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British Military surgical key performance indicators: time for an update?
  1. Max ER Marsden1,
  2. AE Sharrock2,
  3. CL Hansen3,
  4. NJ Newton2,
  5. DM Bowley2 and
  6. M Midwinter2
  1. 1Department of General Surgery, Queen Alexandra Hospital, Cosham, UK
  2. 2Academic Department of Military Surgery and Trauma (ADMST), Royal Centre for Defence Medicine, ICT Centre, Birmingham, UK
  3. 3Department of Nursing, Capstone College of Nursing, University of Alabama, Tuscaloosa, Alabama, USA
  1. Correspondence to Maj Max ER Marsden, Department of General Surgery, Queen Alexandra Hospital, Cosham, Hampshire PO6 3LY, UK; drm.marsden{at}yahoo.com

Abstract

Background Key performance indicators (KPIs) are metrics that compare actual care against an ideal structure, process or outcome standard. KPIs designed to assess performance in deployed military surgical facilities have previously been published. This study aimed to review the overall performance of surgical trauma care for casualties treated at Role 3 Camp Bastion, Medical Treatment Facility, Afghanistan, in light of the existing Defence Medical Services (DMS) KPIs. The secondary aims were to assess the utility of the surgical KPIs and make recommendations for future surgical trauma care review.

Methods Data on 22 surgical parameters were prospectively collected for 150 injured patients who had primary surgery at Camp Bastion between 1 May 2013 and 20 August 2013. Additional information for these patients was obtained using the Joint Theatre Trauma Register. The authors assessed data recording, applicability and compliance with the KPIs.

Results Median data recording was 100% (IQR 98%–100%), median applicability was 56% (IQR 10%–99%) and median compliance was 78% (IQR 58%–93%). One KPI was not applicable to any patient in our population. Eleven KPIs achieved >80% compliance, five KPIs had 80%–60% compliance and five KPIs had <60% compliance. Recommendations are made for minor modifications to the current KPIs.

Conclusion 78% compliance with the DMS KPIs provides a snapshot of the performance of the surgical aspect of military trauma care in 2013. The KPIs highlight areas for improvement in service delivery. Individual KPI development should be driven by evidence and reflect advances in practice and knowledge. A method of stakeholder consultation, and sequential refinement following evidence review, may be the right process to develop the future set of DMS KPIs.

  • SURGERY
  • AUDIT
  • TRAUMA MANAGEMENT
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Key messages

  • Key performance indicators designed to assess performance in deployed military surgical facilities were published in 2008.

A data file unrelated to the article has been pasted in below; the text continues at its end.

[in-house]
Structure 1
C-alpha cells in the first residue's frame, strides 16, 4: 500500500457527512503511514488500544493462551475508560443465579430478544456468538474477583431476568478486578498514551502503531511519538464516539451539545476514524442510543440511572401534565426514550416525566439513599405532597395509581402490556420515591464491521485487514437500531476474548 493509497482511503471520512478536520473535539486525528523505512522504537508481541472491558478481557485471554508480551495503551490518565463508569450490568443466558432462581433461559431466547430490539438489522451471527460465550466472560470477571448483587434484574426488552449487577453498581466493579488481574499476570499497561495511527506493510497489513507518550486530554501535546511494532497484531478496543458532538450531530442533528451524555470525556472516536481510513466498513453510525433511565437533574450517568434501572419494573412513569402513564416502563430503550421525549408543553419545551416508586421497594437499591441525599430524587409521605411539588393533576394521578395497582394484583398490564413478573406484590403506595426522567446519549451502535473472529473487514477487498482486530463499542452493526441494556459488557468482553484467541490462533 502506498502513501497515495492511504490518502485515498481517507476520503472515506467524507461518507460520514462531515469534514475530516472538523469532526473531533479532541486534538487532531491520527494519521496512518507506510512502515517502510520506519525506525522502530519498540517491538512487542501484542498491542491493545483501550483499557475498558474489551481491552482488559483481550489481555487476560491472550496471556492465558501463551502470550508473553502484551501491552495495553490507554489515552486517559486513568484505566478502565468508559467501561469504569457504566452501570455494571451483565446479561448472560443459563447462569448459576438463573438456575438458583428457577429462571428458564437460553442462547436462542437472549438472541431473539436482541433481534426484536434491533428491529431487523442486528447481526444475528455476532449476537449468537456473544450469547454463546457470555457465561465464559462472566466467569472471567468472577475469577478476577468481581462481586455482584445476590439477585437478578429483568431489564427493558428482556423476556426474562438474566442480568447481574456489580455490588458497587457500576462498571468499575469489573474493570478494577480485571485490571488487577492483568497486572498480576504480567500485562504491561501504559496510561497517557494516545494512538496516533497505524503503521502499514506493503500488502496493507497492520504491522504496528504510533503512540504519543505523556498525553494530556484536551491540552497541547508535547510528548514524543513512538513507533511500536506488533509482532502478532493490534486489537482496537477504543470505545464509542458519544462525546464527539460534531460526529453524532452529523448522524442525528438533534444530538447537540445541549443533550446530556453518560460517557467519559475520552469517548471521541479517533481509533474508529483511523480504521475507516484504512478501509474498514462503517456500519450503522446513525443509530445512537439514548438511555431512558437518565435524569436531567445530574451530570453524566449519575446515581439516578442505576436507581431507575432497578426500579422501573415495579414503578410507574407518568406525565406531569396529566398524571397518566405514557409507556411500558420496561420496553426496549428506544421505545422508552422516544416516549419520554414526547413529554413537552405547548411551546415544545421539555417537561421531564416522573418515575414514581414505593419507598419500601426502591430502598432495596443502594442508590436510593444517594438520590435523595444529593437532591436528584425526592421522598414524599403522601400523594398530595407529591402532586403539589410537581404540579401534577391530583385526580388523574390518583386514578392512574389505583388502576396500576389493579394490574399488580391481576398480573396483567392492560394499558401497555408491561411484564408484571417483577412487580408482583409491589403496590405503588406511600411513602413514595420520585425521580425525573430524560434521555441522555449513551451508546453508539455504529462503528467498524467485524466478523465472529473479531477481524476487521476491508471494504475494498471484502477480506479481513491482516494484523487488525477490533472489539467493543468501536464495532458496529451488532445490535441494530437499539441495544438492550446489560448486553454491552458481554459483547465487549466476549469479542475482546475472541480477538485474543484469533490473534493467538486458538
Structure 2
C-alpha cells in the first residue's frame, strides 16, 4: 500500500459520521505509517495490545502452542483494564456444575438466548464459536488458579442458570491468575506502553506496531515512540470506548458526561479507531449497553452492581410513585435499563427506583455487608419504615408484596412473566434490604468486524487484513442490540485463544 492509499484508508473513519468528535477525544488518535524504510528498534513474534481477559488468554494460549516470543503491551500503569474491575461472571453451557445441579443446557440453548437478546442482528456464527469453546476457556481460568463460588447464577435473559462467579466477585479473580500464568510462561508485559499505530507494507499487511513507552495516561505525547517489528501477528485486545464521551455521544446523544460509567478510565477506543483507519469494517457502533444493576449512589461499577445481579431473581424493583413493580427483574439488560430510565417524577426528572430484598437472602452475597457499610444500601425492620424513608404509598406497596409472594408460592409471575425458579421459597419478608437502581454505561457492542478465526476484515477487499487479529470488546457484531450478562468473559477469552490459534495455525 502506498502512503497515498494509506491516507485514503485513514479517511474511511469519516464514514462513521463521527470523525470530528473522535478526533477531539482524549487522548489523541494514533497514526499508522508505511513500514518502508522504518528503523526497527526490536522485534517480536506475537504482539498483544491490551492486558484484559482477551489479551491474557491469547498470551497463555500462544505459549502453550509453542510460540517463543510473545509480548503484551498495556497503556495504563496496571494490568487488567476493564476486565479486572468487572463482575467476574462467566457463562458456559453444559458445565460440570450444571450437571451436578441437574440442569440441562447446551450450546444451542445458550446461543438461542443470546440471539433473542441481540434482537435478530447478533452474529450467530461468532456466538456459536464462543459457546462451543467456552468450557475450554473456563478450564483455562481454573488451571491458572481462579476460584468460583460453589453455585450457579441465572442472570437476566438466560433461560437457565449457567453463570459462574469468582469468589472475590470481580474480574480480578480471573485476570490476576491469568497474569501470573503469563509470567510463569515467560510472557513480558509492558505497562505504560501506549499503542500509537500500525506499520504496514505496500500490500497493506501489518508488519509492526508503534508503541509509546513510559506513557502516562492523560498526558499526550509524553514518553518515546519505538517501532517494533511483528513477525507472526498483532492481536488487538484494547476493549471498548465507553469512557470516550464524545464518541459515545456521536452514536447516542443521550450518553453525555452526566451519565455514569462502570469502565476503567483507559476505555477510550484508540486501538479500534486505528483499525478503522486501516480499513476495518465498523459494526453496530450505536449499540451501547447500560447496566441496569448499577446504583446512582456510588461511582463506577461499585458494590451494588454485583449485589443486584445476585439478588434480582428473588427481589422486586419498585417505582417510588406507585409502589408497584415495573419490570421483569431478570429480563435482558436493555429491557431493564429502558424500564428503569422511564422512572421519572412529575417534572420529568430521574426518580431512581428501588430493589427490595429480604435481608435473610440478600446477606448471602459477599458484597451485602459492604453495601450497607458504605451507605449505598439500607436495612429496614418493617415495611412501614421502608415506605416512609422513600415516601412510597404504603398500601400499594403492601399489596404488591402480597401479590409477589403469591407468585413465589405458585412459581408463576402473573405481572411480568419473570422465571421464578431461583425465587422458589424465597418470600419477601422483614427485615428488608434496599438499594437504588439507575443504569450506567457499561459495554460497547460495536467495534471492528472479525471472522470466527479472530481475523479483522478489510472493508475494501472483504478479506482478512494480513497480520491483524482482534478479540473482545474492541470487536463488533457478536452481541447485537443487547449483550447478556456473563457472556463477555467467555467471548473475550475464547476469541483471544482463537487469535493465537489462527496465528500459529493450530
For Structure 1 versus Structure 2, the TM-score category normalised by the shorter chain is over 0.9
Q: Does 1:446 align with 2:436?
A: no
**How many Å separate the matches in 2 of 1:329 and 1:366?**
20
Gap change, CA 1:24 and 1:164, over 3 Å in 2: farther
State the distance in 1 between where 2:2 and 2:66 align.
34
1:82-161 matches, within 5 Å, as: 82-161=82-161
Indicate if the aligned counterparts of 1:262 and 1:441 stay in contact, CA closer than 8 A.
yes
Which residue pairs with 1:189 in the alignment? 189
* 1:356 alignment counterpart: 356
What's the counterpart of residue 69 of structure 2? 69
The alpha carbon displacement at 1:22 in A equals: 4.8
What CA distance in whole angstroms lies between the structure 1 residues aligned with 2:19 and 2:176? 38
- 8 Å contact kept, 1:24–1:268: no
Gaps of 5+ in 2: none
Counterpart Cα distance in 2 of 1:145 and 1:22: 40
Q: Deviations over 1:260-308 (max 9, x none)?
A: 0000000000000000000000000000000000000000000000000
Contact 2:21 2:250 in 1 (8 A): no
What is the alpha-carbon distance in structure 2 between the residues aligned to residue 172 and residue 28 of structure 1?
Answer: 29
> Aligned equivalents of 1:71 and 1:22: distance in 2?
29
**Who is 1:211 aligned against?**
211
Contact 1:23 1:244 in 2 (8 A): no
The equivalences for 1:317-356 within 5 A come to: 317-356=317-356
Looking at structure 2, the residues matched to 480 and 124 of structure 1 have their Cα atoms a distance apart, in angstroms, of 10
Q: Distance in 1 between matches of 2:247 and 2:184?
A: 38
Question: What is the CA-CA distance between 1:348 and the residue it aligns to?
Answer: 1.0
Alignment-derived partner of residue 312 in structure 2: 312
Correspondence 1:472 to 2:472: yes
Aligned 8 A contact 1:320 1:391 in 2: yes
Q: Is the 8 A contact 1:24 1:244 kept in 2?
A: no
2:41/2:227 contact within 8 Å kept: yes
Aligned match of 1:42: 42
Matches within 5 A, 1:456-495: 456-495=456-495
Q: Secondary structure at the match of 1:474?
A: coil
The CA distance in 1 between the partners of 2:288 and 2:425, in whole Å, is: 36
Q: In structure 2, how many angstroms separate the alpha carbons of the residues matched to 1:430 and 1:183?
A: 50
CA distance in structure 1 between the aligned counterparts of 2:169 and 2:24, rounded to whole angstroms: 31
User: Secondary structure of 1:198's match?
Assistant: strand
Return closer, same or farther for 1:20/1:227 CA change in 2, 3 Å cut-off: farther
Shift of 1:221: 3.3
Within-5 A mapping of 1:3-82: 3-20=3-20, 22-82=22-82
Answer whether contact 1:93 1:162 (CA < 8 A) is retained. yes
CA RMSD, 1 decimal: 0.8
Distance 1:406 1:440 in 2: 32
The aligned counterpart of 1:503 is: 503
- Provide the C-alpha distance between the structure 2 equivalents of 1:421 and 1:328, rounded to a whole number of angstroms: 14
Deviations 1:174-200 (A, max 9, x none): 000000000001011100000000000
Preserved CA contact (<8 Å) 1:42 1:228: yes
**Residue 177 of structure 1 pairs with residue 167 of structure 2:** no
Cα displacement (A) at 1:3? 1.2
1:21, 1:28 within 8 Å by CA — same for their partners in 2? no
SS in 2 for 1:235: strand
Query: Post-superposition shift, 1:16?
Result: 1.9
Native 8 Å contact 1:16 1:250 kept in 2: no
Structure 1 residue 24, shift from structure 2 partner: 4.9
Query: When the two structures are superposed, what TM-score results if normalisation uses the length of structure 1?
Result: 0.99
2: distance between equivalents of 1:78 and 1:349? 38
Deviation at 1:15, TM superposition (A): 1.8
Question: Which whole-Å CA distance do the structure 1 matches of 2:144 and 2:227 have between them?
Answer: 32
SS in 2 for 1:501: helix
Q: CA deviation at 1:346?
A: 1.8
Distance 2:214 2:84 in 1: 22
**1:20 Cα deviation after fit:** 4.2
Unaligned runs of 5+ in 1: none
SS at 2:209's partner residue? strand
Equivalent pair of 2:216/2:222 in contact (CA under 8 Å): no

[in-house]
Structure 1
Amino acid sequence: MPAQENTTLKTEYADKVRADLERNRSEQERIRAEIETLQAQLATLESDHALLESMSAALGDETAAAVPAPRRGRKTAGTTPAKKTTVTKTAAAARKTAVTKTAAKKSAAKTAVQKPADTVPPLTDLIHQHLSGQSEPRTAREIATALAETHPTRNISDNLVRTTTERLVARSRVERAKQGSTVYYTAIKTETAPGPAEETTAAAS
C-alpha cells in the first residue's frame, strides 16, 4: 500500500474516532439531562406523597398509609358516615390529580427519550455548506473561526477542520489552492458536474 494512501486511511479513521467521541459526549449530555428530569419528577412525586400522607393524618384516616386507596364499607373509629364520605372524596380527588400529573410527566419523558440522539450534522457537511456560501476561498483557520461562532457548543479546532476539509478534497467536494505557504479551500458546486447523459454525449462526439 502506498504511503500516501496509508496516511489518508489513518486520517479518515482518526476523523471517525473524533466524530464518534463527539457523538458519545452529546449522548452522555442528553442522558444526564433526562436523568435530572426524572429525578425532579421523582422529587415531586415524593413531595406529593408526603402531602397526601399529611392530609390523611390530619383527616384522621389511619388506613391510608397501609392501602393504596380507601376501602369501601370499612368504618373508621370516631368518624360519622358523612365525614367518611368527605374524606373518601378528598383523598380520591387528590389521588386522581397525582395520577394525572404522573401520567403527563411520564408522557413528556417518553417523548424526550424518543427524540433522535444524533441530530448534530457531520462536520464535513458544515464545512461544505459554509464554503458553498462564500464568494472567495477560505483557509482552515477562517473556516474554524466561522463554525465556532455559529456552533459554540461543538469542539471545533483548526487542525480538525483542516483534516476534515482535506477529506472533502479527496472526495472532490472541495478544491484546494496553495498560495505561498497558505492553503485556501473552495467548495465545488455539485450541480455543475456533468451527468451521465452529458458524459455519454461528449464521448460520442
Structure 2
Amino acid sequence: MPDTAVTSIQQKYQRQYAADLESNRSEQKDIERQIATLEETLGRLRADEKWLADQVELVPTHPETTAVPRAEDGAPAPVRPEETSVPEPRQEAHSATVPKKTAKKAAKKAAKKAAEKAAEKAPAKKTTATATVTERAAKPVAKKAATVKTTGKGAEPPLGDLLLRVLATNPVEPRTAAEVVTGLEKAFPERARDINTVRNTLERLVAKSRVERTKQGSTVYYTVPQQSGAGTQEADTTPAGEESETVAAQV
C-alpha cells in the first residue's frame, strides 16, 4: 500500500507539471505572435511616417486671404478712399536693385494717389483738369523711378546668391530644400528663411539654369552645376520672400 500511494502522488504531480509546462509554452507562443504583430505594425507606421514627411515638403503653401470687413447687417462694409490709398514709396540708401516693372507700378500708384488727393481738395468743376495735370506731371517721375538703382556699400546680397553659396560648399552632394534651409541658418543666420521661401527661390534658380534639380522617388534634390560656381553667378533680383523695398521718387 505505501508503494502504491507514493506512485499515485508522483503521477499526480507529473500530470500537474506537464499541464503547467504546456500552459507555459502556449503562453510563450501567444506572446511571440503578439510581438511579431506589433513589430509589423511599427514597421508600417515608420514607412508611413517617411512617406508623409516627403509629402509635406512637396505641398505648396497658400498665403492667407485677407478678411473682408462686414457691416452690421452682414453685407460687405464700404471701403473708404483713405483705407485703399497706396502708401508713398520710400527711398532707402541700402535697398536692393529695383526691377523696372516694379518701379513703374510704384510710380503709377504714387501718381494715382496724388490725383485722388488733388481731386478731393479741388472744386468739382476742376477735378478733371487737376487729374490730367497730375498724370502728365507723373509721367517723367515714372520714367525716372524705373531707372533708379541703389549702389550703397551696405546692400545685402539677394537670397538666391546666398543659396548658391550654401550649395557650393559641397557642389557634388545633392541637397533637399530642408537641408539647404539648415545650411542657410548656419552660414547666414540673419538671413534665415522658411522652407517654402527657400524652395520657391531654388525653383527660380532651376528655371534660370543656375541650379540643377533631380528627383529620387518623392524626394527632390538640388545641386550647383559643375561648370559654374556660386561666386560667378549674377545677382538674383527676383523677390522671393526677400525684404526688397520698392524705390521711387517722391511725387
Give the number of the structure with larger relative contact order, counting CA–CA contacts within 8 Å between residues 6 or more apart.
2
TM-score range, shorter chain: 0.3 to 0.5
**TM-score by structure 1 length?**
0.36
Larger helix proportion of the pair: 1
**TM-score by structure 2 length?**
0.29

• Overall compliance with key performance indicators between May and August 2013 in Camp Bastion was 78%.

  • From this analysis of performance, areas for improvement in service delivery are highlighted.

  • Development of the individual performance indicators themselves should be driven by evidence and reflect advances in practice and knowledge.

  • Further review is suggested to revise the key performance indicators within the military trauma system.

Introduction

Key performance indicators (KPIs) are measurements that compare actual care against an ideal structure, process or outcome standard.1 Increasingly used to obtain objective data for assessing quality and implementing performance improvements, they are considered by many to be fundamental to the provision of excellent care.2–4 Despite the nearly universal adoption of KPIs,5–7 there is little consensus about the process of KPI generation;8 further doubts remain on their accuracy for identifying quality of care problems.9 ,10

During the Afghanistan and Iraq conflicts, the UK Defence Medical Services (DMS) have provided surgical care within a wider military trauma system. In 2008, authors from the British Military sought to develop KPIs, which reflected both the modern military setting and, where possible, the best of contemporary supporting evidence; a set of 60 bespoke KPIs for the end-to-end trauma care was published.11 These KPIs form an established component of the cyclical process of continuous quality improvement known as the ‘Major Trauma Audit for Clinical Effectiveness’ within the DMS.12

The primary aim of this project was to review the overall performance of the surgical aspects of trauma care in a Role 3 Medical Treatment Facility (MTF) using the surgical KPIs. The secondary aims were to assess the utility of the surgical KPIs and make recommendations for future surgical trauma care review. Data were collected from 150 consecutive trauma patients undergoing surgery at the Role 3 MTF in Camp Bastion, Afghanistan, and their treatment examined against KPI standards.

Materials and methods

Study setting

The study was approved and registered with the Medical Directorate, Joint Medical Command, Royal Centre of Defence Medicine. Patients underwent surgery at the Joint Force Medical Group, Role 3, MTF in Camp Bastion, Helmand Province, Afghanistan. The MTF was a UK-led multinational hospital, which provided all care to combatants and life, limb and eyesight saving treatment to civilians, in accordance with the Geneva Conventions.13 ,14 Role 3 care provides advanced intheatre subspeciality patient care, equivalent to most civilian American College of Surgeons-Committee on Trauma Level-II trauma centres.15